Floc Structure and Its Impact on Conditioning, Dewatering and Digestion

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Recent experiments in our laboratories have focused on evaluation the structure of floc and the role this structure plays in conditioning requirements, dewatering behavior and the changes in sludge properties that occur with digestion. It has been found that colloidal protein in solution, which originates from the biopolymer matrix of floc plays a critical role in conditioning and dewatering. Protein is released from the floc structure as a result of excessive mixing or when monovalent cations increase in proportion to divalent cations. These proteins are directly related to the optimal polymer conditioning dose and to the dewatering rate. For digestion processes, anaerobic and aerobic digestion processes differ markedly in term of their impact on conditioning and dewatering. The deterioration in sludges resulting from anaerobic digestion appears to be due to protein released from iron that undergoes reduction in the anaerobic environment. Aerobic digestion results in protein degradation and release of colloidal polysaccharides. These contribute to conditioner requirements and account for differences between anaerobic and aerobic sludge conditioner selection and results.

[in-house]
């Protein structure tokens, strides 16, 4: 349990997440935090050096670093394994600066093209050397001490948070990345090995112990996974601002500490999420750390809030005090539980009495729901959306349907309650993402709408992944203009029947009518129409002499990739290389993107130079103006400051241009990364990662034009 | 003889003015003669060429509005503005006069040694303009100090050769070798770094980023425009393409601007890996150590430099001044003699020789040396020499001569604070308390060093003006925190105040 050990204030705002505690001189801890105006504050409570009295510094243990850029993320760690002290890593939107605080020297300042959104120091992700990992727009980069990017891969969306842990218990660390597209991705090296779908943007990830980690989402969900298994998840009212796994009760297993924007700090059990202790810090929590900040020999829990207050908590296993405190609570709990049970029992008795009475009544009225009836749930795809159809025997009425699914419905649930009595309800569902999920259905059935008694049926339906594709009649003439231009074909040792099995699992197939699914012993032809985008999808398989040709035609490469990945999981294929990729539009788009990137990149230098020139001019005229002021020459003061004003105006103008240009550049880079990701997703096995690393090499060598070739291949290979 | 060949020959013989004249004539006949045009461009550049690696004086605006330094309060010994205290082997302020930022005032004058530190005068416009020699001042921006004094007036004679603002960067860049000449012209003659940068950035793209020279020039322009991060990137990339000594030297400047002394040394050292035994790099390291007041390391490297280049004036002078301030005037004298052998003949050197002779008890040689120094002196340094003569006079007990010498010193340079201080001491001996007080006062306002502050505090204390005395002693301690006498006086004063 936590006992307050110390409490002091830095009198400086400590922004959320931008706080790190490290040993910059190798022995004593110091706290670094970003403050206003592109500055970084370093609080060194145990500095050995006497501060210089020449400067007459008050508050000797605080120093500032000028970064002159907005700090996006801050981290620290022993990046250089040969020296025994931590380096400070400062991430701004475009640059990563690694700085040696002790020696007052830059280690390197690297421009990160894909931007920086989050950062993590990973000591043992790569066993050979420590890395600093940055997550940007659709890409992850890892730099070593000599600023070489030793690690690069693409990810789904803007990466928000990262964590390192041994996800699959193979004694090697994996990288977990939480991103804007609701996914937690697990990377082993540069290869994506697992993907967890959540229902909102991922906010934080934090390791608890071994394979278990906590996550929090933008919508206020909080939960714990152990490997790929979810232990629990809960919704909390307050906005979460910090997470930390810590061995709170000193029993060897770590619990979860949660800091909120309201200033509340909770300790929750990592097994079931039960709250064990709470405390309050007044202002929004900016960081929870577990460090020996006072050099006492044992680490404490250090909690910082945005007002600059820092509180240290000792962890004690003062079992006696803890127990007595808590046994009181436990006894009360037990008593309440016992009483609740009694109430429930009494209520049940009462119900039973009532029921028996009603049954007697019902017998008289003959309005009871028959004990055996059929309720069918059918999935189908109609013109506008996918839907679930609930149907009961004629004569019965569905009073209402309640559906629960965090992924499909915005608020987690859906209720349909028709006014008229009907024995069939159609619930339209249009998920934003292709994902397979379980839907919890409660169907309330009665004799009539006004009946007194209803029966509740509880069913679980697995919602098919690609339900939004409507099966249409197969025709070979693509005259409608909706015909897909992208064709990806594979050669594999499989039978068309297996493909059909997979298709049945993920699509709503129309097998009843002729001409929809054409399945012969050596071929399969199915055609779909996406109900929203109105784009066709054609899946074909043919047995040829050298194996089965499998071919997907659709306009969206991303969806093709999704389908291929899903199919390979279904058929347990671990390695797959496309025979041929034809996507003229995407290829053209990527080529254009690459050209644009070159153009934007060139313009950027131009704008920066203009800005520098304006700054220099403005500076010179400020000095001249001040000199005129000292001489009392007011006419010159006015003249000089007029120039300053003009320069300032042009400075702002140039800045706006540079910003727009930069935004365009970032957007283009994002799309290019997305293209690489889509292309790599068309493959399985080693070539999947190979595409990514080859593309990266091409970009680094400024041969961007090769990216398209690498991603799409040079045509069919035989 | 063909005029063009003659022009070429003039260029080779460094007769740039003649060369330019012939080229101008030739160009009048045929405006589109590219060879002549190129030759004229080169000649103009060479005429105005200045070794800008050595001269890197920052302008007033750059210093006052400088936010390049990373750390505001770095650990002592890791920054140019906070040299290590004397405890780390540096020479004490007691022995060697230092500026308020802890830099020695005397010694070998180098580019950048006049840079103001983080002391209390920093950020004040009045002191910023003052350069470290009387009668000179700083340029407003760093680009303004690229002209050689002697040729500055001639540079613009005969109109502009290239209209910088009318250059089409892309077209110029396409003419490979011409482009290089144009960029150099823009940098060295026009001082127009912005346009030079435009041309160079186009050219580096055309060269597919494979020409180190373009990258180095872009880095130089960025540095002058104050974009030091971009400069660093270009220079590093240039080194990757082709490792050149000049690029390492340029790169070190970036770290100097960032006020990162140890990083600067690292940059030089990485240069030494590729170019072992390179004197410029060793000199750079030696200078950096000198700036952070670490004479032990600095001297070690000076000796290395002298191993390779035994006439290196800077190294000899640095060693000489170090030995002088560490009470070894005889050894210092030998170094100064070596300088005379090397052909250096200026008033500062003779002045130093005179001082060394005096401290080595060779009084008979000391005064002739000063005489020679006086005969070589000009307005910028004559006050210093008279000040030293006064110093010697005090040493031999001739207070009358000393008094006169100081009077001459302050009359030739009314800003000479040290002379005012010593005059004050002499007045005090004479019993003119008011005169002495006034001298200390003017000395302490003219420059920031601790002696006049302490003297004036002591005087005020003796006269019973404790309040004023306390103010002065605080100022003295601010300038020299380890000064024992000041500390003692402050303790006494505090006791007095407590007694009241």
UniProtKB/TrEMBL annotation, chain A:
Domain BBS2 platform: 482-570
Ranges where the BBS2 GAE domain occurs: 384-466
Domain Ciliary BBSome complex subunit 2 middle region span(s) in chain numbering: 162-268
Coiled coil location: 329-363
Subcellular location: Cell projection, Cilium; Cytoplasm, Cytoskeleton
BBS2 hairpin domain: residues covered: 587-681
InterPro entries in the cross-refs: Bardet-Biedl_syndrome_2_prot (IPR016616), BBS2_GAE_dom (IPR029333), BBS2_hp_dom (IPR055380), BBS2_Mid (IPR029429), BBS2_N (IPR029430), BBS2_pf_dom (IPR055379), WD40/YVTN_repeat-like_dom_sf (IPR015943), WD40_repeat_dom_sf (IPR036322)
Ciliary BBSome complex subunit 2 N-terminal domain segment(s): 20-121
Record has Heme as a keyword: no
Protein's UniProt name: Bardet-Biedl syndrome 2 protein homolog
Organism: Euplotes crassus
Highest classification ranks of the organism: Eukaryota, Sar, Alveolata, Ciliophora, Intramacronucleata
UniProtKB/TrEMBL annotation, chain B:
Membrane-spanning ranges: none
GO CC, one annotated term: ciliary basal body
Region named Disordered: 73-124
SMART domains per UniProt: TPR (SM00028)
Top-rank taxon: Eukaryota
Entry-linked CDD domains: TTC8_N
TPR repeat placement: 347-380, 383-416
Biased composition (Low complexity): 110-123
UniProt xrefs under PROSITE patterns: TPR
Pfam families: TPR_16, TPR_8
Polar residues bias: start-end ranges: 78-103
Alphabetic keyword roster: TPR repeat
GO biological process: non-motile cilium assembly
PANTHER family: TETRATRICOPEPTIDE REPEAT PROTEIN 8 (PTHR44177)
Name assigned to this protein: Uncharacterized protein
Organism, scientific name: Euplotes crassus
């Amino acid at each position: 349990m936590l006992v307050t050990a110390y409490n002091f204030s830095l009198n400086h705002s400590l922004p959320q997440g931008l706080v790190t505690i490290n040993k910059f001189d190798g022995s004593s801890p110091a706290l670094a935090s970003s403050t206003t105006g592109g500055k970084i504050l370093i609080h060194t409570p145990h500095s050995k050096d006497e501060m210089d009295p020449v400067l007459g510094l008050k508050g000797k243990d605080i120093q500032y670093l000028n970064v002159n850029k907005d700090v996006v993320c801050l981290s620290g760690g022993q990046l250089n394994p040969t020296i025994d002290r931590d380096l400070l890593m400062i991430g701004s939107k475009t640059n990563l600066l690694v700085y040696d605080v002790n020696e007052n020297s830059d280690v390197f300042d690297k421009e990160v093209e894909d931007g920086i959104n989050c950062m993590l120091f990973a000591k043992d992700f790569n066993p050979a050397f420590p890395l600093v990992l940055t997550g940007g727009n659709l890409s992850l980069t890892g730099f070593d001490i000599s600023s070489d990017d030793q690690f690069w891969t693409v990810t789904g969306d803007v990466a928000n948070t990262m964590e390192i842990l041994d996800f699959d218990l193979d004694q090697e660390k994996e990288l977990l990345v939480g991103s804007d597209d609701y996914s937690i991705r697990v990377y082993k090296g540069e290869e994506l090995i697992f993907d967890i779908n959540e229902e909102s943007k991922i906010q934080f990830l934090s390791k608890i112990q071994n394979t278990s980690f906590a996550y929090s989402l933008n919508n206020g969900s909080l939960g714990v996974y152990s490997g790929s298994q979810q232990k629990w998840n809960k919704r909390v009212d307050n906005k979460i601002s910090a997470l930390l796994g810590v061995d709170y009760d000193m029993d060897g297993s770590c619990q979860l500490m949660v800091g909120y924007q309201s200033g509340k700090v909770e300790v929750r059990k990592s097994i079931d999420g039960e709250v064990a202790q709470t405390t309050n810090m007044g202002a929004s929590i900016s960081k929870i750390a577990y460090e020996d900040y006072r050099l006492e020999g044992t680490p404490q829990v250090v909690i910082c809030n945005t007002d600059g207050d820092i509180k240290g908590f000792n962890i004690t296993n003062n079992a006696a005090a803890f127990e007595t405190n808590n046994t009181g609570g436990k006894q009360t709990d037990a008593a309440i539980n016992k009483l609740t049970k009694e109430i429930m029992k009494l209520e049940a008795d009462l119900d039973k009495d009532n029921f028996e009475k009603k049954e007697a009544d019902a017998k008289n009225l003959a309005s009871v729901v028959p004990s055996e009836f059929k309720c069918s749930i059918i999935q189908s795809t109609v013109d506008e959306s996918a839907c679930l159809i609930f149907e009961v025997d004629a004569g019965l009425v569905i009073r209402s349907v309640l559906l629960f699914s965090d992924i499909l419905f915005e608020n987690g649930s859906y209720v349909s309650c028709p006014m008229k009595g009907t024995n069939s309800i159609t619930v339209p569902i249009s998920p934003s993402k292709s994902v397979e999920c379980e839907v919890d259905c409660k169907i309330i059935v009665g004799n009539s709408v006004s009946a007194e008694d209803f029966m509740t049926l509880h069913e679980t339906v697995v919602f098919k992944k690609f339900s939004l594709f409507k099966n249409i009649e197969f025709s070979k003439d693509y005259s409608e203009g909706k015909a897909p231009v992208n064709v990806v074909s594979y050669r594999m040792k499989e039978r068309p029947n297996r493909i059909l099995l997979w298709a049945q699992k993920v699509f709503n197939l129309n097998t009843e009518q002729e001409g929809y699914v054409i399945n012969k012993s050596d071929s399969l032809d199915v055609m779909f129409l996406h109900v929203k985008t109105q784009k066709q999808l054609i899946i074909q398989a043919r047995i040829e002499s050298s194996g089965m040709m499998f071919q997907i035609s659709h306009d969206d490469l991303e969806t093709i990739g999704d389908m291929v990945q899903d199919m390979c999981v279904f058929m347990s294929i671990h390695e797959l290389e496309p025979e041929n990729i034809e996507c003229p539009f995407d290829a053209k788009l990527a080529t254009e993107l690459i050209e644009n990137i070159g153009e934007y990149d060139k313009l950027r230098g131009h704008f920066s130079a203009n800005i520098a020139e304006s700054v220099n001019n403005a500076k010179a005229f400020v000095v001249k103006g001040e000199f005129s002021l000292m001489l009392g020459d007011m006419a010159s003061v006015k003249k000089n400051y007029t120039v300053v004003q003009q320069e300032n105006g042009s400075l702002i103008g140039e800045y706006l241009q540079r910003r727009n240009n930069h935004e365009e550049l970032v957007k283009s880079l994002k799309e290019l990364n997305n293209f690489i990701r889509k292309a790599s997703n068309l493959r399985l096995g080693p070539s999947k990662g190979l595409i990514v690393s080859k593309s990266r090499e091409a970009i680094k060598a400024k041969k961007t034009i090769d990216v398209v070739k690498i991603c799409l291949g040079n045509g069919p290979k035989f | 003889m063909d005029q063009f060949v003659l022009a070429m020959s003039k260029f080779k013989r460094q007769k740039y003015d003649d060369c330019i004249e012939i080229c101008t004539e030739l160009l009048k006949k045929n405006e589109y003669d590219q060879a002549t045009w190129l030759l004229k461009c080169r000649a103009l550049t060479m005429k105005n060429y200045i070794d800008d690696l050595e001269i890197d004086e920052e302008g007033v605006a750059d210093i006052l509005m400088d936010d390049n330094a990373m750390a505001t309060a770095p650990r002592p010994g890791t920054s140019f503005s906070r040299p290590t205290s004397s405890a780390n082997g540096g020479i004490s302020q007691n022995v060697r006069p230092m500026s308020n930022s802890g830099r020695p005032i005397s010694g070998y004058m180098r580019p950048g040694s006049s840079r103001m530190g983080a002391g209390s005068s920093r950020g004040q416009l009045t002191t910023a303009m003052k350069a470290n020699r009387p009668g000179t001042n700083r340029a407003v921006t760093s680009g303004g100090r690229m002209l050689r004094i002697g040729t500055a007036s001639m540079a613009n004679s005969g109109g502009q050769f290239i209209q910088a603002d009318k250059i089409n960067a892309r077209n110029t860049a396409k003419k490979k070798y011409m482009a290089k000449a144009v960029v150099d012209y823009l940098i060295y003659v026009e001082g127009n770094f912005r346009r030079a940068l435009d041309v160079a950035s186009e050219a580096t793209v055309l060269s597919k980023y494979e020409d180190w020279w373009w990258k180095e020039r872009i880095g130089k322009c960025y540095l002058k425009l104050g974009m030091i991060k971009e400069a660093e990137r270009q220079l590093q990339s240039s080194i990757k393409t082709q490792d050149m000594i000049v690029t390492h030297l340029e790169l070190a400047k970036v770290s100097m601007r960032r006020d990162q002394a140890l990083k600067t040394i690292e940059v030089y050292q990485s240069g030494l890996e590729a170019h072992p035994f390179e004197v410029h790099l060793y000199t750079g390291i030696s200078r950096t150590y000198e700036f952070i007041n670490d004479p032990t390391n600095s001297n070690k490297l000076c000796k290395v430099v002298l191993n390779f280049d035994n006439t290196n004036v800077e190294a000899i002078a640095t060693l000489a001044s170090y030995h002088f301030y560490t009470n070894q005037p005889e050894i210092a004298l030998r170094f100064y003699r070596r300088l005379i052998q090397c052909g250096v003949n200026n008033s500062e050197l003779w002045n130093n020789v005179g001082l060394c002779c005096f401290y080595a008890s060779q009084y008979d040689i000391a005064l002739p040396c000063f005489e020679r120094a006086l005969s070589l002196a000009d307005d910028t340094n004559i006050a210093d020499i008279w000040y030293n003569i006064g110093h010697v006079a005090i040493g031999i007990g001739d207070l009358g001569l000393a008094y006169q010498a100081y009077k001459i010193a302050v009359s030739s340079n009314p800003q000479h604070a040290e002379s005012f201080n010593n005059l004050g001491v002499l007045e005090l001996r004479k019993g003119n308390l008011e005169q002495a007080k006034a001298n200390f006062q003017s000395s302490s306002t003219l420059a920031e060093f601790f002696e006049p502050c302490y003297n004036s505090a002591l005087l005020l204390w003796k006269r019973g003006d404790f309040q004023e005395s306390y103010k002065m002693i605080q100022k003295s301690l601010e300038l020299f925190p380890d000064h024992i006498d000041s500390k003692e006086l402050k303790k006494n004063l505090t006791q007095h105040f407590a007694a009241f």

Document Type: Research Article

DOI: http://dx.doi.org/10.2175/193864702784248610

Publication date: January 1, 2002

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  • Proceedings of the Water Environment Federation is an archive of papers published in the proceedings of the annual Water Environment Federation® Technical Exhibition and Conference (WEFTEC® ) and specialty conferences held since the year 2000. These proceedings are not peer reviewed.

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